Posted November 15, 2010
Randy Earles, a professor in the Idaho State University music department and associate dean of the ISU College of Arts and Letters, has been awarded ASCAPLUS Award this year in the Concert Music Division for his creative contributions to the world of classical music.
Earles is a familiar name to musical audiences in eastern Idaho because of his performances on trumpet with Portneuf Brass (the ISU faculty brass quintet), the Idaho Falls Symphony, and other ensembles. However, he is also recognized nationally as a composer.
This is the 14th year that Earles has received this award, which is granted by a peer review panel from the American Society of Composers, Authors, and Publishers (ASCAP). Instead of honoring a single work, this award recognizes the importance of Earles' entire catalog of compositions.
During the past two years many Idaho high school bands have performed Earles' "Idaho Celebration," which was commissioned by the Idaho Department of Education on behalf of Idaho high schools. The work was given its premiere performance by an All-District band in southern Idaho, and was performed later by the ISU Concert Band.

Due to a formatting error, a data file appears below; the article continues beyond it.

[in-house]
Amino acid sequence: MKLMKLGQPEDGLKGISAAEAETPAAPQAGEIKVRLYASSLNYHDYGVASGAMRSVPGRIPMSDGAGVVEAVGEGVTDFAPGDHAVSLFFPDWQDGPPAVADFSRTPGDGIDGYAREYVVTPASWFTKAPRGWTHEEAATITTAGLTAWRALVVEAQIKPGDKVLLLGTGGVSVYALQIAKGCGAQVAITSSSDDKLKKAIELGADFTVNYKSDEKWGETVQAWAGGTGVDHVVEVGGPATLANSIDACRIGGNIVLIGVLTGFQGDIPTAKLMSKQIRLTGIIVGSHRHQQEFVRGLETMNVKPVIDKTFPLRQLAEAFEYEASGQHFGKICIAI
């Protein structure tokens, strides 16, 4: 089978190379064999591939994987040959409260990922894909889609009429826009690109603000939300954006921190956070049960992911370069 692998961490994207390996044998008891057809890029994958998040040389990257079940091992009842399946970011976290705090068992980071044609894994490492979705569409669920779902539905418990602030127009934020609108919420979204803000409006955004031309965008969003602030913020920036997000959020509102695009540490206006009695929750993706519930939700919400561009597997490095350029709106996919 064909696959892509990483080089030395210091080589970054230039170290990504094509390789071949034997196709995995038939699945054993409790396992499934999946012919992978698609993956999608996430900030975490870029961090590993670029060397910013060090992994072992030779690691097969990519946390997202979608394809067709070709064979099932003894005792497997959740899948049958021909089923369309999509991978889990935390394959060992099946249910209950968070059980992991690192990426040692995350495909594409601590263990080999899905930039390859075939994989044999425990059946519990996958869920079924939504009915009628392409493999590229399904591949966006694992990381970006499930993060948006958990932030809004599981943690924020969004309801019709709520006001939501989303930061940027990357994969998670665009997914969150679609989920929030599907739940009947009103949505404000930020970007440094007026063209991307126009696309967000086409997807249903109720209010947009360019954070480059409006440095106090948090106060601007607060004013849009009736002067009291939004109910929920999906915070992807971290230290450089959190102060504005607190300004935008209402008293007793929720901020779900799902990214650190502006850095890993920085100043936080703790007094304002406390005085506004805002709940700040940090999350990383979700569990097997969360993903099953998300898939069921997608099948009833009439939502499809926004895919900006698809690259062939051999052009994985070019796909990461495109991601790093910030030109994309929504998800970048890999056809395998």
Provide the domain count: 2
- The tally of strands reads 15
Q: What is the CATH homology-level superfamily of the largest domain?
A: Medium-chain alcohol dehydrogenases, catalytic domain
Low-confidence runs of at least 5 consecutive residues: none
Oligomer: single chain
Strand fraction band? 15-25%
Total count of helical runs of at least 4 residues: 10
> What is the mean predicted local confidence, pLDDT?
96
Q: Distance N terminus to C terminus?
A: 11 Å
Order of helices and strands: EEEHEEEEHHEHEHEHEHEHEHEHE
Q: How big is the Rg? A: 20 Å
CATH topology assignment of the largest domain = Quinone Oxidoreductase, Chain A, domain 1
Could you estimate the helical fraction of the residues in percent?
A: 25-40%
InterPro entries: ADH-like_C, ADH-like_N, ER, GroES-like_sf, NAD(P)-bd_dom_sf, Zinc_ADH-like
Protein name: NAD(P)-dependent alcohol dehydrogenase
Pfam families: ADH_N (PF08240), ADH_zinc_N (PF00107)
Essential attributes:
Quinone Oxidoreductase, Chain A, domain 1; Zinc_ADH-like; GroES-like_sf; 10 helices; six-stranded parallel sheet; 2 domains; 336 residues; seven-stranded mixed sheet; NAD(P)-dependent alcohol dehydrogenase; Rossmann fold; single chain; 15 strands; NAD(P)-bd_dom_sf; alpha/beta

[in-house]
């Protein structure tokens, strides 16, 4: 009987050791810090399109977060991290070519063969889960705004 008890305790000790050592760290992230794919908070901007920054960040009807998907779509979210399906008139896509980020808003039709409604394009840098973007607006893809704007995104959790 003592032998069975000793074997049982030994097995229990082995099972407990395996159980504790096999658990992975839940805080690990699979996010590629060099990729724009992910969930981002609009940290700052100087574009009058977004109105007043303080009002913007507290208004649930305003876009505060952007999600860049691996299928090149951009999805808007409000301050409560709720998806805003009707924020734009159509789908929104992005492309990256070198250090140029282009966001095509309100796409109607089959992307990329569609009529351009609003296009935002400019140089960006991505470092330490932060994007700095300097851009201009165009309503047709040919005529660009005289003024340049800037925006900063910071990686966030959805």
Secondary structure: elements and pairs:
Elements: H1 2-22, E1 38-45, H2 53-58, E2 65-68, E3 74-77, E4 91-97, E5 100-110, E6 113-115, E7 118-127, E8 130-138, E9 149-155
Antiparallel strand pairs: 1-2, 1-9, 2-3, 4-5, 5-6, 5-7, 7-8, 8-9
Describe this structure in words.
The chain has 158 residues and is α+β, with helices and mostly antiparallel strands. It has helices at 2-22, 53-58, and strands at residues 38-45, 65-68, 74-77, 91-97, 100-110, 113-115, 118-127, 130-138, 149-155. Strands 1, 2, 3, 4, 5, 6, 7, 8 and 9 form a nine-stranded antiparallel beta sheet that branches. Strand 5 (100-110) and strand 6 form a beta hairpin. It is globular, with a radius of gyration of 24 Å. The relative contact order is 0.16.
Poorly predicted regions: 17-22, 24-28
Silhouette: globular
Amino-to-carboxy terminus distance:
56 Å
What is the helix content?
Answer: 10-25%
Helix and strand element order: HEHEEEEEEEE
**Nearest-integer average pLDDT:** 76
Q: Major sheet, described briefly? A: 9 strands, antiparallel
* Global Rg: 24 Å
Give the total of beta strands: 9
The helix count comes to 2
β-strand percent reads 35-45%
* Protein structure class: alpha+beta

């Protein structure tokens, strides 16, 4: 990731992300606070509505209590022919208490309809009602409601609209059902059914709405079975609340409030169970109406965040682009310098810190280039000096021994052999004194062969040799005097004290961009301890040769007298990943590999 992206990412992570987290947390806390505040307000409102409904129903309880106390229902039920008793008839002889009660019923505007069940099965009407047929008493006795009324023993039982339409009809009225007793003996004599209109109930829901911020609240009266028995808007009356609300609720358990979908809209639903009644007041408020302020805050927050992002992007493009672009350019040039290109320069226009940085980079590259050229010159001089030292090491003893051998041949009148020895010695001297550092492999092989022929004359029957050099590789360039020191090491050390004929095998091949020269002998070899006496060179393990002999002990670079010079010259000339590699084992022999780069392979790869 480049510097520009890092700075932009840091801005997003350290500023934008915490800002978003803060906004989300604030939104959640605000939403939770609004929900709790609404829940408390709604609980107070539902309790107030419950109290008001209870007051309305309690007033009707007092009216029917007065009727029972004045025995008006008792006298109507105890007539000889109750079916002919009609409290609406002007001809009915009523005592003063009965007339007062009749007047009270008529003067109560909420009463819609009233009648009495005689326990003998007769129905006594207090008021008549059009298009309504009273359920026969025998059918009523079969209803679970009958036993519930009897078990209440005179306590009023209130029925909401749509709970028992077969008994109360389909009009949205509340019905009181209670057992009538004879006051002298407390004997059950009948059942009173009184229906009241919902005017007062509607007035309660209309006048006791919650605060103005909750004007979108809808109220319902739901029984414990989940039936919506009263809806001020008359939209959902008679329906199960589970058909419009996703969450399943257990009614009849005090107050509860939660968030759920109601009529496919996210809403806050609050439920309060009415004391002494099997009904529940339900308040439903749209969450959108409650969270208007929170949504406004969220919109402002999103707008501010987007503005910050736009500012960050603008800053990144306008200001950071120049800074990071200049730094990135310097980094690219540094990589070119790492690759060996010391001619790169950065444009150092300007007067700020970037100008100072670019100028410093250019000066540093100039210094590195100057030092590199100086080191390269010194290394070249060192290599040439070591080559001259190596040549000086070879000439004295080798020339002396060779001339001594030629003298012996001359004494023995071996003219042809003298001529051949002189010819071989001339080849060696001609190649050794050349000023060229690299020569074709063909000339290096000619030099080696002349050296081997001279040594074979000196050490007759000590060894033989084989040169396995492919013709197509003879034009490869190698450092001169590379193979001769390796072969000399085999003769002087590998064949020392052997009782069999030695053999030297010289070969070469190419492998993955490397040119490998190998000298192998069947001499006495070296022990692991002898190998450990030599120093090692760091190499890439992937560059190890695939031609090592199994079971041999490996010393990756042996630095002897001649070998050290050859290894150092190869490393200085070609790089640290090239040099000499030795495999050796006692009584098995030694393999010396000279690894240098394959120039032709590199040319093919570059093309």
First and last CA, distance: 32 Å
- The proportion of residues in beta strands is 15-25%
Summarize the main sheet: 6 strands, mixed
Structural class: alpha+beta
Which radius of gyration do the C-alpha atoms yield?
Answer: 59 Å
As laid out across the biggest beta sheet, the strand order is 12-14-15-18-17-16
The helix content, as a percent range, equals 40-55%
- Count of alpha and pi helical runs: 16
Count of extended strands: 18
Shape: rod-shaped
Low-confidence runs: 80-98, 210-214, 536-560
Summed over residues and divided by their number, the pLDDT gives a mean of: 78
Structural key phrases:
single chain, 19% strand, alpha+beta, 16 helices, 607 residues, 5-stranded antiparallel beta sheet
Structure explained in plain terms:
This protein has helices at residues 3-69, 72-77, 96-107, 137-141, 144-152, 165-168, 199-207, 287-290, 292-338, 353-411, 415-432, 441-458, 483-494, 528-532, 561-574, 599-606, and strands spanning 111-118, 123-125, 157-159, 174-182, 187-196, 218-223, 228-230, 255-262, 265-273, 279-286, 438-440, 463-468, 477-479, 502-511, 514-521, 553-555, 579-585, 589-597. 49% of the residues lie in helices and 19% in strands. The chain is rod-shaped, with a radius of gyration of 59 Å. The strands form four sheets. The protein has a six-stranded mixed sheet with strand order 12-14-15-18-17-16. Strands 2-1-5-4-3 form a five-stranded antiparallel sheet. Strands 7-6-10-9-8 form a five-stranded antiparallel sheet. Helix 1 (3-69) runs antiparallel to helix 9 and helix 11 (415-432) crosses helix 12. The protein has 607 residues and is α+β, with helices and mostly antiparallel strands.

Earles has written many other works for bands, orchestras, and choirs. His instrumental music has been performed by professional bands in Tokyo and Dallas, military bands from both the U.S. Army and Navy, community bands and orchestras ranging from Twin Falls to Singapore, and college bands and orchestras from around the country. His choral anthem "Sing the World Together," on a text by Lisa Horton, was commissioned by the Idaho International Choral Festival and has been sung by the combined choirs at the final performance of each biennial festival since 2004. Foreign choirs from five continents have sung this anthem. In 2009 his most recent choral composition, "Te Deum," was performed by the ISU Concert Choir.
He is currently working on a set of musical dances for symphonic band that was inspired by listening to performances of dance suites last year at the ISU Baroque Festival. So far, two of the projected five movements have been completed in draft form.
This award, given by the American Society of Composers, Authors and Publishers (ASCAP), is part of its continuing commitment to assist and encourage ASCAP composers.
Awards are granted by an independent panel and are based on the unique prestige value of each composer's original compositions and recent performances in areas not surveyed by the Society.
For more information, contact the ISU music department at 282-3636.